I know that represents a default route. But I would like to understand what does represents? Is it even a valid thing in networking?


3 Answers 3

16 is no valid IP address, regardless of prefix length. as prefix matches any address, so it's used for the default route. Also, is the unspecified address used in many APIs, indicating 'all local addresses'.

A prefix matches any address from to (practically to; is reserved for IANA special use and generally invalid, is reserved for local loopback) - if that makes sense for you. I've seen at least one instance of crude 'load balancing' with two WAN uplinks where one was used for and the other for and specifically are reserved by RFC 1122 section

  • 1
    So the CIDR representation - is practically used to represent an IP addresses range - to, is that right?
    – Deepak
    Nov 14, 2022 at 14:09
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    Yes, I've made that clearer in the answer.
    – Zac67
    Nov 14, 2022 at 14:33
  • 2 is the only prefix that matches any address, so yes.
    – Zac67
    Nov 14, 2022 at 14:39
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    I've also seen the CIDR pair and being using to apply a reversible route to This is typically done on vpn-up/down.sh scripts.
    – Aron
    Nov 15, 2022 at 3:36
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    @user253751 With a prefix shorter than /24, the .0 address might not be anything special. It's the all-host-bits-zero address that's largely unusable with IPv4.
    – Zac67
    Nov 15, 2022 at 7:37

Zac is muddying the waters by excluding and While addresses in those two prefixes should never appear on the wire, does cover them. The slash notation works the same for zero and one as it does for any number from 0 to 32, inclusive. "The number of bits that matter." One bit means 0-127, and 128-255; since you stated, it's the former [addresses through, or in hex 00000000 - 7FFFFFFF]

It's a common trick of VPN software to use 0/1 and 128/1 routes as more specific than the (0/0) default route, without having to muck with other processes (eg. DHCP - if you mess with the routes DHCP installed, it will reinstall them when the lease renews.)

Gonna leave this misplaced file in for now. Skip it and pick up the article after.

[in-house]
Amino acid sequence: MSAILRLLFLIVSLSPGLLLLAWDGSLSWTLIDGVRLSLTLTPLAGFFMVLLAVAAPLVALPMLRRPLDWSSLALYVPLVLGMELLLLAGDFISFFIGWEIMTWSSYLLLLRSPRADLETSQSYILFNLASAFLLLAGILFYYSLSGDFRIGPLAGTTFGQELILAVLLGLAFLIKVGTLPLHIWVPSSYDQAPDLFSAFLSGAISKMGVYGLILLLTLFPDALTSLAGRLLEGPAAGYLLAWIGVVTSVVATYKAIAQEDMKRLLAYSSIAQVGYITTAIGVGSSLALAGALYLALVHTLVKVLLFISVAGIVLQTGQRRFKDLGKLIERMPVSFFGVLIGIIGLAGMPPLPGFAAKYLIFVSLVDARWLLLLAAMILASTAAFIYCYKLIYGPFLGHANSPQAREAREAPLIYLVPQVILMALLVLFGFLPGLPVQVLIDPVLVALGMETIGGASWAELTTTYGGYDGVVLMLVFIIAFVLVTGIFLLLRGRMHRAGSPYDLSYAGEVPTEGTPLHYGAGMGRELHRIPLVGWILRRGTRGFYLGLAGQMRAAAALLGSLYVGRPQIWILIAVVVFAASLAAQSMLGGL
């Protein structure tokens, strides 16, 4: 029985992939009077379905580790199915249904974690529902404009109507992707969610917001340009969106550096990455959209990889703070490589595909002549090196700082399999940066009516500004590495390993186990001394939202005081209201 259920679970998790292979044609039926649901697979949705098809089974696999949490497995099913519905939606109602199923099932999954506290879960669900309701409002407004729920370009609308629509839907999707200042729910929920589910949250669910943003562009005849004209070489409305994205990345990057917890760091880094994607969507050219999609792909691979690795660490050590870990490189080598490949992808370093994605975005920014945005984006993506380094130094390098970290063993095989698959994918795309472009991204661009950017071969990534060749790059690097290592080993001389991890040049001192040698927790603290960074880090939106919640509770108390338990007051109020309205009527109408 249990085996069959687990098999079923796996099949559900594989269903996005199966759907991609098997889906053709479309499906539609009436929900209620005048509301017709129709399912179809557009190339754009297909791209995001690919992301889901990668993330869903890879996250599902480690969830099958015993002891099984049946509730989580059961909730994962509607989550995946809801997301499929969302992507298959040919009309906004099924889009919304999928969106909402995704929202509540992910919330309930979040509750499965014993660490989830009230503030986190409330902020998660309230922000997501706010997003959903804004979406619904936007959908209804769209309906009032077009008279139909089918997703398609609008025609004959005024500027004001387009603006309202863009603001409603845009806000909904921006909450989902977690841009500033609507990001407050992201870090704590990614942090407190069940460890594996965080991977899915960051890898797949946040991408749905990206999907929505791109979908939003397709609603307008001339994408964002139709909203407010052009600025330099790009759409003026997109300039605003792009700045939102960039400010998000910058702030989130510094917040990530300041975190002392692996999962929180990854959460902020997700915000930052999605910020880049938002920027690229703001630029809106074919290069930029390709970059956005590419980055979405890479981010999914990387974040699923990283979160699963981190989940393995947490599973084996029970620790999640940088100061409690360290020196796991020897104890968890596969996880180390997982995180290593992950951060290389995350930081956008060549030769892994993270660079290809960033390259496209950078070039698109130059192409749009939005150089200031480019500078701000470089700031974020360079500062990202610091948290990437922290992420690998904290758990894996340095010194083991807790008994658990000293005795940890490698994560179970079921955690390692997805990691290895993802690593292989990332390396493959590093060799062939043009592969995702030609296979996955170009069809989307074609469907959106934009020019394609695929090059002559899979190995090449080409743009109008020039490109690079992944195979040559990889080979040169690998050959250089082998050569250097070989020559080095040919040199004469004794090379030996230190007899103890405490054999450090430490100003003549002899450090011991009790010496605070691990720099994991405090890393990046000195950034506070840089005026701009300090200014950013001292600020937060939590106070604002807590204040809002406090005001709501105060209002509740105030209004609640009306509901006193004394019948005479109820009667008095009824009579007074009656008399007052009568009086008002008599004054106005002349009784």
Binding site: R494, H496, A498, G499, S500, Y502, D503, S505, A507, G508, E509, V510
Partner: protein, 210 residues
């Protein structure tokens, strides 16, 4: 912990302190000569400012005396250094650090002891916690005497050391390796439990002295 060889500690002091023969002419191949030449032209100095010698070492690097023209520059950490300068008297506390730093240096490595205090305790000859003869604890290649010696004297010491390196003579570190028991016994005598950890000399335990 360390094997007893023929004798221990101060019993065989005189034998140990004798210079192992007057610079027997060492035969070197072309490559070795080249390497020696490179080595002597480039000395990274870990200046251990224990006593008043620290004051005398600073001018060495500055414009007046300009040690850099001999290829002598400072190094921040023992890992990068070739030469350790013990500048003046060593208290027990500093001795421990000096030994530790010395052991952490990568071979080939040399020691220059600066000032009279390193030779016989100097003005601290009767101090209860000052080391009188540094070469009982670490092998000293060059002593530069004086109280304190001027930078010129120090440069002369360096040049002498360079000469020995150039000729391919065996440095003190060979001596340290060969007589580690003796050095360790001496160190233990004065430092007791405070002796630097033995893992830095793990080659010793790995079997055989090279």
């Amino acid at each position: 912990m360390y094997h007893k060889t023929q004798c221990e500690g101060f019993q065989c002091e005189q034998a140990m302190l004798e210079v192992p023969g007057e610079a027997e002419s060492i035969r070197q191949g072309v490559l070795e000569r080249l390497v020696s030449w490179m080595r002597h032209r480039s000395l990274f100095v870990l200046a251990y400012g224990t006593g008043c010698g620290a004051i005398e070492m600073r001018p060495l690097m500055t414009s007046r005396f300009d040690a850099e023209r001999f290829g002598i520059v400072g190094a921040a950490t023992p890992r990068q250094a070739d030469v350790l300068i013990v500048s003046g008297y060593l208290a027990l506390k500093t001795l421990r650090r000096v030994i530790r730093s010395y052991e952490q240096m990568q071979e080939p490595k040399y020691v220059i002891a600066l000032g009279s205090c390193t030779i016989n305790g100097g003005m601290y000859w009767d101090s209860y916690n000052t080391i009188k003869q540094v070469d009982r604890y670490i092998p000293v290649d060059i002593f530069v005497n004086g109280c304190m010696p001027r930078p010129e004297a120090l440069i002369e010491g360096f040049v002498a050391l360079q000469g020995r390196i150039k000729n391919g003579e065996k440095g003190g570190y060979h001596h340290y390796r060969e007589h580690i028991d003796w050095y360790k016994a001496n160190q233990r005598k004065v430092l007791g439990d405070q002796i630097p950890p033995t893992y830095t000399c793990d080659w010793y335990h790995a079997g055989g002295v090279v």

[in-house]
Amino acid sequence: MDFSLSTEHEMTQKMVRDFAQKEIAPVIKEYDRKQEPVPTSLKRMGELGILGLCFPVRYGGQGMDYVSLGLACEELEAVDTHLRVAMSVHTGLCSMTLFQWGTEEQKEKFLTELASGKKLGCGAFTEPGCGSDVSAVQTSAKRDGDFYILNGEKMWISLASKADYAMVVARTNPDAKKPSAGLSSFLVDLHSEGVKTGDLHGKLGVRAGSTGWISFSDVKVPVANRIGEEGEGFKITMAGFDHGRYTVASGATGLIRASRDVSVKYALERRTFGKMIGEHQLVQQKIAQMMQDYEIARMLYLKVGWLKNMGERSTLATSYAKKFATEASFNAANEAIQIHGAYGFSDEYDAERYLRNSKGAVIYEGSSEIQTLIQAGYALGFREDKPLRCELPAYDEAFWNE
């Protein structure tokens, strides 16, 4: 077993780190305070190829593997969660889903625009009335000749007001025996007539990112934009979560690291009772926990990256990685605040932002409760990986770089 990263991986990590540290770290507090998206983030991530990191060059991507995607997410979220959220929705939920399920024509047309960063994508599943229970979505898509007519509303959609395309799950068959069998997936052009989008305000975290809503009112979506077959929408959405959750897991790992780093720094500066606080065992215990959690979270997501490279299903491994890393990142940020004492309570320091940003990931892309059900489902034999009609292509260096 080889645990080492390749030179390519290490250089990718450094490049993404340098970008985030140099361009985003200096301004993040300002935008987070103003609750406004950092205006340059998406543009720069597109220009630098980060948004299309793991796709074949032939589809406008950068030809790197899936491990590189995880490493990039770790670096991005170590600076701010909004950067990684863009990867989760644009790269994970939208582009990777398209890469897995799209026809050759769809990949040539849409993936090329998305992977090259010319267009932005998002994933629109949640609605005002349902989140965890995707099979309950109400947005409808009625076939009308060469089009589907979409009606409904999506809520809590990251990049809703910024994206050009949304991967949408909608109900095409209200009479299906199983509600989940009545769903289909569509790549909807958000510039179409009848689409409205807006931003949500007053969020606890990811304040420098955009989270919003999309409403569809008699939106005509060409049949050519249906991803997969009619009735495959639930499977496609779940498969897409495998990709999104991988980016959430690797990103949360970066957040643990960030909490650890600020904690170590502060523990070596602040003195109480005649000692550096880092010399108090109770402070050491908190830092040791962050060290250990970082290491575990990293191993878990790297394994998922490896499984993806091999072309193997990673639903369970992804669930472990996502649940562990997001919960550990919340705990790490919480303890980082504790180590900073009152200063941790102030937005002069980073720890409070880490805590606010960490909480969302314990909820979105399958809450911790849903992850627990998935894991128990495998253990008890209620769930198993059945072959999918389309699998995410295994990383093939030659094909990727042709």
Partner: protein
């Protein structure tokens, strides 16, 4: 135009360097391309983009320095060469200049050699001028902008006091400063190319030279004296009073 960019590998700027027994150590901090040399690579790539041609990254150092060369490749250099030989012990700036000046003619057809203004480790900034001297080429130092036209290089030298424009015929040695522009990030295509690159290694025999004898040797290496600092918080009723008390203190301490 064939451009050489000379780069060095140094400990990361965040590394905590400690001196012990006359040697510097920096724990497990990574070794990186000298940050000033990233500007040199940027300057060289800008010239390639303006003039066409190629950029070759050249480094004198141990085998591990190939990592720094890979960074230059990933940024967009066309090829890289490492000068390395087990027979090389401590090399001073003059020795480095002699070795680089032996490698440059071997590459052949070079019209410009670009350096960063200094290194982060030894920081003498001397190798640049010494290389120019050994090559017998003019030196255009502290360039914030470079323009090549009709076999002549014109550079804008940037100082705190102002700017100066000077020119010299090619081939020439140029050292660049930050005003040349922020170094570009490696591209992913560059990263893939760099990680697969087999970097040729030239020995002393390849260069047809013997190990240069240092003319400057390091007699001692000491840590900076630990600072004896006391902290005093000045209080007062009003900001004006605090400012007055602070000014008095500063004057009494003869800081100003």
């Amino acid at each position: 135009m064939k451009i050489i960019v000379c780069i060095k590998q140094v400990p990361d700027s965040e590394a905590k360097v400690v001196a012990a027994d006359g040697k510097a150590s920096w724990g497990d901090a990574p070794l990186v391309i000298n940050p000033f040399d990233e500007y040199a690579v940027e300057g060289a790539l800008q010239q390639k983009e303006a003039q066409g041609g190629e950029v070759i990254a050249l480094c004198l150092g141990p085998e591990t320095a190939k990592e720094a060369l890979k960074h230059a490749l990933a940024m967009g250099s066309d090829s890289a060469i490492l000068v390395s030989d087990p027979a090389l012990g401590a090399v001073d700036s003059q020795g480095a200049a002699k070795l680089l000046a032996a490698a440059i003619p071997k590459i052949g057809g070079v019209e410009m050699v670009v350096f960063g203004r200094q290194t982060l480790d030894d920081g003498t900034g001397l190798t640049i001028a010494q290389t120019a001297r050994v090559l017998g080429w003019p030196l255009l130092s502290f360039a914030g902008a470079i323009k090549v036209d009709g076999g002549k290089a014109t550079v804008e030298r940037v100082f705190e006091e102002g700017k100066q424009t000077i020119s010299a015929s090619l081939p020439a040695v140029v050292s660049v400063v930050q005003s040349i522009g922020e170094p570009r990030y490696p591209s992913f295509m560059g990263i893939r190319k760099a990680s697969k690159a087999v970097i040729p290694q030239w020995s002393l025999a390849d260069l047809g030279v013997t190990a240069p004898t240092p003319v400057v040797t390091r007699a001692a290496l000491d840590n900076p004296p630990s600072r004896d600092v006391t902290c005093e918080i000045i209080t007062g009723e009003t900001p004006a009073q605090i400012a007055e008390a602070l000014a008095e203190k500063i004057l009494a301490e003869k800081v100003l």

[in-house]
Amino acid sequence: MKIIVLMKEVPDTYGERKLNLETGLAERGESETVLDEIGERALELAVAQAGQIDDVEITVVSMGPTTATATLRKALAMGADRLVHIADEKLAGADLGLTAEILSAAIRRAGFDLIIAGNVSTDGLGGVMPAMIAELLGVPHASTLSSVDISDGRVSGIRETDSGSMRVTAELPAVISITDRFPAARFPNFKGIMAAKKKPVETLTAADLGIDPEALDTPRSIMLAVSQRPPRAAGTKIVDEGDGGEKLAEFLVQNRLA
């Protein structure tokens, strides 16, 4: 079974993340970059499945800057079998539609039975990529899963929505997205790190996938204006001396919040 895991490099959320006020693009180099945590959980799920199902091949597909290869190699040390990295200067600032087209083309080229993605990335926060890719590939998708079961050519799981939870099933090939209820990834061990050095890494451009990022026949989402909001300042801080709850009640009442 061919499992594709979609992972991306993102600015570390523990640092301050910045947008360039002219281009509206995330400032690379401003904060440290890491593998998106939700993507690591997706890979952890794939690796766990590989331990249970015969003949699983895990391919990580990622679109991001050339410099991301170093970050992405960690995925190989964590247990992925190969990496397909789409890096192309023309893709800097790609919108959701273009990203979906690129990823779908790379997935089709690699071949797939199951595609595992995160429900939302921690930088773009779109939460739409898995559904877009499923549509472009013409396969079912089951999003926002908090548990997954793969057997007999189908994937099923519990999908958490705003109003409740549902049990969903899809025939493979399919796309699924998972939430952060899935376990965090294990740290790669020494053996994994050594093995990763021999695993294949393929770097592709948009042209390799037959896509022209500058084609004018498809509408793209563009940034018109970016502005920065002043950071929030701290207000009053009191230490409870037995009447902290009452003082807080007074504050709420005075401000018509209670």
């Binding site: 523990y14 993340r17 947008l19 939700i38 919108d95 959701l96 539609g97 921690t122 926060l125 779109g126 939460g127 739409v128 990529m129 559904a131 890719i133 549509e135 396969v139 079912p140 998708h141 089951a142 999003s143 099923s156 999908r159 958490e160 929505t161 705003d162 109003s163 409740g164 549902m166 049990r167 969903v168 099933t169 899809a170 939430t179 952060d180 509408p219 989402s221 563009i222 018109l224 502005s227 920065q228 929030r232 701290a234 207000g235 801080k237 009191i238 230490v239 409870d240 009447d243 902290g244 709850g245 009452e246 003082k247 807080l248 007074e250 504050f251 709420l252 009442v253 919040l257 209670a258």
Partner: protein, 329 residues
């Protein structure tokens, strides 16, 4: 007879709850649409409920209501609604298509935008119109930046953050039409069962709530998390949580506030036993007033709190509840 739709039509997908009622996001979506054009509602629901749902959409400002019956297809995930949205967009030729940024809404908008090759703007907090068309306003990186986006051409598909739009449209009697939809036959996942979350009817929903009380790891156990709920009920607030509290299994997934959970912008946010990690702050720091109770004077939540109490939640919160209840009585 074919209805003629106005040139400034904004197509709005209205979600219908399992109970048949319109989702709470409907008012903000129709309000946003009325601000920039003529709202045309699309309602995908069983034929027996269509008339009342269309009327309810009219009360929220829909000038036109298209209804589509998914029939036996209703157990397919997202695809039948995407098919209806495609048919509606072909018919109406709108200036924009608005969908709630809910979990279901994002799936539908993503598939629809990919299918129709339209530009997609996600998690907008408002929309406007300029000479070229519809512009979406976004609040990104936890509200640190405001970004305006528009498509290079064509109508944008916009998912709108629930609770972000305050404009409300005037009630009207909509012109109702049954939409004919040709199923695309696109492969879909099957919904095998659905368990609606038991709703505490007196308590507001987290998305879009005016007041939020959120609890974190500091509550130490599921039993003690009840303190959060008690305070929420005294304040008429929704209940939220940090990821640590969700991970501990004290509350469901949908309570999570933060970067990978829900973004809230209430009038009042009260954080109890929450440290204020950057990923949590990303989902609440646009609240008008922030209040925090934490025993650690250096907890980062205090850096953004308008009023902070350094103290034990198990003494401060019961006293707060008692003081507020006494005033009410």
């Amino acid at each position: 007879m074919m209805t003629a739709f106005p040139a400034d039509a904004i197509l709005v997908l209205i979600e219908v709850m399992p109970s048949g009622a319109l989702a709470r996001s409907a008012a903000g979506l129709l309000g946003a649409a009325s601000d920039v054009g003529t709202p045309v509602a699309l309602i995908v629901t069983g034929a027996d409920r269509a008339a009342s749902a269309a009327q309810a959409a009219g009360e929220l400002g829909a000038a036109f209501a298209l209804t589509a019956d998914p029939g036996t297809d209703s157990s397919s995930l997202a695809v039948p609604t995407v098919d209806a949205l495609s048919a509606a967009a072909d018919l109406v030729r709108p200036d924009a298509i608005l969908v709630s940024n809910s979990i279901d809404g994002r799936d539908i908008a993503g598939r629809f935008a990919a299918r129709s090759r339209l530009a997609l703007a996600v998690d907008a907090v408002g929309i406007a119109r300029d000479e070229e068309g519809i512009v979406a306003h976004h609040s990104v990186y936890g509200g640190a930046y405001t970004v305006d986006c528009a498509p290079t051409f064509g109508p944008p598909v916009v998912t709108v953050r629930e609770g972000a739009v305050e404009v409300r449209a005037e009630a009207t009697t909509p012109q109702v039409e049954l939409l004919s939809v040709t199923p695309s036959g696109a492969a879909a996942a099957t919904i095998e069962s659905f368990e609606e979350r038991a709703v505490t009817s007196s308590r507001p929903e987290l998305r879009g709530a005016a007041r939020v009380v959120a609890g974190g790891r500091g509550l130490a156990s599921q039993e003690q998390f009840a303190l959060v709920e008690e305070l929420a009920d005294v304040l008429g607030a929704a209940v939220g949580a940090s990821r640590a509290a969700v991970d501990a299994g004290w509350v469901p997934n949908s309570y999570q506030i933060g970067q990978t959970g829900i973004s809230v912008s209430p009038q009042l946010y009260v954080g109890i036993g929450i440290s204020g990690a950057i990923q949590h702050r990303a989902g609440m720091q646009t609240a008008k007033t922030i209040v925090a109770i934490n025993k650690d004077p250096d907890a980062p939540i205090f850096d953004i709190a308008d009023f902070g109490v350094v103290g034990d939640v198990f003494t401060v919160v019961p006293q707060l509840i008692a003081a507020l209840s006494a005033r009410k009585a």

(But otherwise, yes, is not a legal interface address.)

  • I would add that the pair of CIDRs allow you to "override" without "overwriting" you route.
    – Aron
    Nov 15, 2022 at 3:38
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    That's what the second paragraph says.
    – Ricky
    Nov 15, 2022 at 23:49
6 is not an IP address per-se, it's the combination of an IP address and a prefix length in CIDR notation. It represents the range of addresses from to

There are a few places it might crop-up.

  1. It's the CIDR notation for the block of addresses that were formerly known as class A (class B is, class C is class D is and class E is .
  2. As Zac97 suggests it may be used as a crude approach to load balancing, with pointed at one link and pointed at another link to use each link for (very roughly) half of destinations.
  3. Some VPN software, notably openvpn, uses a pair of routes for and to effectively override the default gateway without modifying or removing it.

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